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Life insurance is a popular method people use to protect their loved ones in the future. The proceeds from these policies can be used for final arrangements, to cover medical bills or to help with ongoing expenses after a wage-earning passes away. But it's important to understand how life insurance relates to your estate.

Is Life Insurance Part of an Estate After Death?

Monetary and other benefits from a life insurance policy are typically not part of the policyholder’s estate. They are not assets that were held or controlled by that person. The life insurance policy can also pass to the designated beneficiaries without a will or probate. 

However, there are situations where the insurance benefits can become part of the estate. This happens when either the policy is payable to the estate or if the named beneficiary dies before the policyholder. In these cases, life insurance is considered an estate asset, like any other property. 

What Is Considered an Estate After Death?

The sum of a person's wealth is their estate. Everything you own, including real estate, cars, cash and even baseball cards, are technically part of your estate.

The part of the estate that passes on to your heirs is similar to your net worth. It’s everything you have minus everything you owe—or your assets minus your liabilities—when you die. This is called net estate.

Things that come out of your estate include debts such as credit card balances, mortgages and car loans. Medical bills might need to be settled by the estate as well as funeral costs and other burial expenses.

Who Receives Life Insurance If the Beneficiary Has Died?

If your primary beneficiary dies before you do, the life insurance payout goes to the secondary beneficiary if you listed one. Otherwise, it becomes part of your estate. You can stop this from happening by keeping up with life insurance records and updating beneficiaries as necessary.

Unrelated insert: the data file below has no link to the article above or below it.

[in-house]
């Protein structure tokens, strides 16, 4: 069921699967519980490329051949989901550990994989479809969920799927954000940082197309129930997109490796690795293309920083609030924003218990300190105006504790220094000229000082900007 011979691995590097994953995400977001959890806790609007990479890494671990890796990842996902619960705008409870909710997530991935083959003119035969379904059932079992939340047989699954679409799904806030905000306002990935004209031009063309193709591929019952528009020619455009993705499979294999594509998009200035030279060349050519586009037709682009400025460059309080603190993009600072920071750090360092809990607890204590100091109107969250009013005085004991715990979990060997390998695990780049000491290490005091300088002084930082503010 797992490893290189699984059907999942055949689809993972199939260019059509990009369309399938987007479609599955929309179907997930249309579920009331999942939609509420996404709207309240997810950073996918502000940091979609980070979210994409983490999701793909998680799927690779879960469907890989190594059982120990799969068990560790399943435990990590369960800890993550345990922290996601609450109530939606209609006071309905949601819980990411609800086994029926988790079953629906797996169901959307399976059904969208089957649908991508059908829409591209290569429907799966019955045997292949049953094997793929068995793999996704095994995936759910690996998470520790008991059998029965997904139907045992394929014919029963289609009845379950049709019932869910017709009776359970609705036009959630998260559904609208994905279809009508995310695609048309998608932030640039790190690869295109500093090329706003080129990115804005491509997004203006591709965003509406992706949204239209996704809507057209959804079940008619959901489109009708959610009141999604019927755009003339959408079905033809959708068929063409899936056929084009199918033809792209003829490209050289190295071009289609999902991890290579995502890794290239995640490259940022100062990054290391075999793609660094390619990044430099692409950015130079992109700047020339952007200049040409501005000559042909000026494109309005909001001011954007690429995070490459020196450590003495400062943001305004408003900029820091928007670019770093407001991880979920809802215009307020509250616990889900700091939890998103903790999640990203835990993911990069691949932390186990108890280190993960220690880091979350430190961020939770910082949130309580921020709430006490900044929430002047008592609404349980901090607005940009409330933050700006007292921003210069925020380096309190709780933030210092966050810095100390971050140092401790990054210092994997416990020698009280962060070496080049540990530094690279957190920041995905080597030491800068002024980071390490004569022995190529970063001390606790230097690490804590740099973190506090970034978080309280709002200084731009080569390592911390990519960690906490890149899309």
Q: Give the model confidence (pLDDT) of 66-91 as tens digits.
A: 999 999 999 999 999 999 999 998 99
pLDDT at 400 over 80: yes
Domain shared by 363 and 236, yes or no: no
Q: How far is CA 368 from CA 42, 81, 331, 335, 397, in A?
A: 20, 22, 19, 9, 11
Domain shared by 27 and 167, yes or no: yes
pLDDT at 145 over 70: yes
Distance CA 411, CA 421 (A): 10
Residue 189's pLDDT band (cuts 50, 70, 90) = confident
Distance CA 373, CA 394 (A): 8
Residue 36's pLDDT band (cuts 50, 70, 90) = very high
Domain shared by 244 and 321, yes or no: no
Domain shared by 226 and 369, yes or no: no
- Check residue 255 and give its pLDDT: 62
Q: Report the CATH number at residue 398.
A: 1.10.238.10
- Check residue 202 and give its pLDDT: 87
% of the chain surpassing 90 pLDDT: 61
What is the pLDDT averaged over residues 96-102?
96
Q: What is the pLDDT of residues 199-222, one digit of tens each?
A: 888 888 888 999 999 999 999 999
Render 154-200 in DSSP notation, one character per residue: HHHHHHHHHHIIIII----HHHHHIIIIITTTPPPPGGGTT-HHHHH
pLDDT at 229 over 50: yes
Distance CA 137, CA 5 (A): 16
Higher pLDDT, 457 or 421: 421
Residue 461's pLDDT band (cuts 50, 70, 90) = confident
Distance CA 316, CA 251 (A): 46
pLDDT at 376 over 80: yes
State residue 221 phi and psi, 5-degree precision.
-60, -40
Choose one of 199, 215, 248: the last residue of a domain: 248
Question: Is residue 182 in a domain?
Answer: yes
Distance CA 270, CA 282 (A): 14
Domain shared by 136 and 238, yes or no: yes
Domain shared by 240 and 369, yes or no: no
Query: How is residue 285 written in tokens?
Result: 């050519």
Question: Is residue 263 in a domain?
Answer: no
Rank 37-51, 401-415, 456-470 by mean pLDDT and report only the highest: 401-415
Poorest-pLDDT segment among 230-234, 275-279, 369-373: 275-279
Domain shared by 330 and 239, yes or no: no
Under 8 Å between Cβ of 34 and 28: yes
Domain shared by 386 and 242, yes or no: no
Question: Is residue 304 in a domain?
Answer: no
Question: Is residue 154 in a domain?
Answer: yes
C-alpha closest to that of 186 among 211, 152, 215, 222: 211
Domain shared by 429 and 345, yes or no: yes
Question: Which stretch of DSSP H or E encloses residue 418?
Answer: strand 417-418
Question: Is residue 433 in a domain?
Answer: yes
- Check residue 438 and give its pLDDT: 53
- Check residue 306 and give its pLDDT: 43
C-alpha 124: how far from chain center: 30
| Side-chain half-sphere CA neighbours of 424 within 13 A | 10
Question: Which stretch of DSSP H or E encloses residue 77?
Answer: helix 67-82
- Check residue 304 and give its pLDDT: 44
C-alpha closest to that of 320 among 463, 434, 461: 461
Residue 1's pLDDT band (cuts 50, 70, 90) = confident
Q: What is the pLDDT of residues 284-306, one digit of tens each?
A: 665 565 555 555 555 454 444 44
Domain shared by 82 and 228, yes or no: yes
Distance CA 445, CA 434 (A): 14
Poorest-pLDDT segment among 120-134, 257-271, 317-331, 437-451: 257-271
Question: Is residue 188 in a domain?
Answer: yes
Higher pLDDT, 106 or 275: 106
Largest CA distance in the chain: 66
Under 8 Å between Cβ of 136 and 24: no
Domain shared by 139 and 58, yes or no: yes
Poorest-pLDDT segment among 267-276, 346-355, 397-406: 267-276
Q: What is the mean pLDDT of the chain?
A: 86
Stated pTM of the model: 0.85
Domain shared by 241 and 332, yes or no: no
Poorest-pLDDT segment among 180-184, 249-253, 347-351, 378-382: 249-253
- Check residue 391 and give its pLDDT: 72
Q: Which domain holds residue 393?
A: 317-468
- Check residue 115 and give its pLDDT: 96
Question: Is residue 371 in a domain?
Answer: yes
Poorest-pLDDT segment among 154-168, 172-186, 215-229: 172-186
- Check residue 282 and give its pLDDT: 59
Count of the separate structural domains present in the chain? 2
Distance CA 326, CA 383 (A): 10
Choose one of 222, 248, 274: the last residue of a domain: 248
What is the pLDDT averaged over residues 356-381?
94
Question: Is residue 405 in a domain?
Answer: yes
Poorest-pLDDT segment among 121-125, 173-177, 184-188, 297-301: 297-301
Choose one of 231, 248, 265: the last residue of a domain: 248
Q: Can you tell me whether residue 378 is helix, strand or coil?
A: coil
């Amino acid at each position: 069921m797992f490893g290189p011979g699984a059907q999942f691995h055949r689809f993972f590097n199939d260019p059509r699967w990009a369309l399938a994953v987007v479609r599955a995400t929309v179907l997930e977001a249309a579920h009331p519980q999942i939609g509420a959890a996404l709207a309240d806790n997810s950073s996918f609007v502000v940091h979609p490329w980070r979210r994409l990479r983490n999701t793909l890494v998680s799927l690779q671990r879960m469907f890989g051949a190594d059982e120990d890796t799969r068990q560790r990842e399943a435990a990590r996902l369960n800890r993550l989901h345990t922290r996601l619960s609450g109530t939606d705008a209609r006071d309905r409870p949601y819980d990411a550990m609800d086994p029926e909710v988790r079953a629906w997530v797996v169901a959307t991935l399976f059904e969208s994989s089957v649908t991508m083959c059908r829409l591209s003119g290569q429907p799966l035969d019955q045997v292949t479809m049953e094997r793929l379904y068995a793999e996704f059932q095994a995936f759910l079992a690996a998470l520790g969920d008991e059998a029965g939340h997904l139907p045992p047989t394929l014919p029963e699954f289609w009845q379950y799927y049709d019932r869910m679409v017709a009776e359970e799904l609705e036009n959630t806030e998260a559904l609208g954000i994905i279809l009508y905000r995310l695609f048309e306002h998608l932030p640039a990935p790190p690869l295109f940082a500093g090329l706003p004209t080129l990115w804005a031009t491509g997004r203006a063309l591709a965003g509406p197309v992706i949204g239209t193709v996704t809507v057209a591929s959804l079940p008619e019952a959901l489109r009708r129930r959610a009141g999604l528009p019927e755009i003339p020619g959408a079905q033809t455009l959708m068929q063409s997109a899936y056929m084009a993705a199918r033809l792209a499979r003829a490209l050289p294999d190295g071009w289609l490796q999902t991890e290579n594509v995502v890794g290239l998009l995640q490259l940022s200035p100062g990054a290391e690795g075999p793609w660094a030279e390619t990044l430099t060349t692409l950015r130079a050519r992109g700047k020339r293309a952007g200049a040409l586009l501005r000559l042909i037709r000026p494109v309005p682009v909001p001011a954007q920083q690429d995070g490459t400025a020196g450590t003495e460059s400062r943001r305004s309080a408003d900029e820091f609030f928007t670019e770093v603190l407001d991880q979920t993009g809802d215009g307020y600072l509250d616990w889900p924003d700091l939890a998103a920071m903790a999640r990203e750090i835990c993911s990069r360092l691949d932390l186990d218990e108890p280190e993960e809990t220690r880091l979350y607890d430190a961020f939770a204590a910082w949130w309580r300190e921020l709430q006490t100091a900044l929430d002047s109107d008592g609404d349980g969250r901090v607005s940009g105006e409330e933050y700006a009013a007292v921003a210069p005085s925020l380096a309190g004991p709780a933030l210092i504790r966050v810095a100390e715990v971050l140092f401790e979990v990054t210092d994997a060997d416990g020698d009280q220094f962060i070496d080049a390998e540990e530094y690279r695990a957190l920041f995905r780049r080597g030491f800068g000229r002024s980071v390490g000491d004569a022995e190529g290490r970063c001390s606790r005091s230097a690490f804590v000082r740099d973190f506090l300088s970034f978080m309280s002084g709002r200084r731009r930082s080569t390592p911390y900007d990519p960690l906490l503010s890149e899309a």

Another possible circumstance is that the beneficiary dies after you but before they claim the life insurance. In this situation, the life insurance benefit is almost always paid to the primary beneficiary's estate. If the life insurance benefit becomes part of an estate, it may be claimed by debtors.

Are Life Insurance Proceeds Protected from Creditors?

Life insurance benefits paid to a beneficiary generally cannot be taken by creditors. This is to ensure families can use the proceeds to help with the financial burden of losing a loved one.  If the benefits are paid to an estate, they may be subject to creditors. Another exception is when the beneficiary owes money. Creditors may be able to claim that money from the beneficiary depending on the regulations where they live.

If you're trying to set up protections for your loved ones with life insurance and other estate planning, it may be a good idea to speak to a lawyer experienced in these matters. Estates can become complex and the laws are specific to each state.

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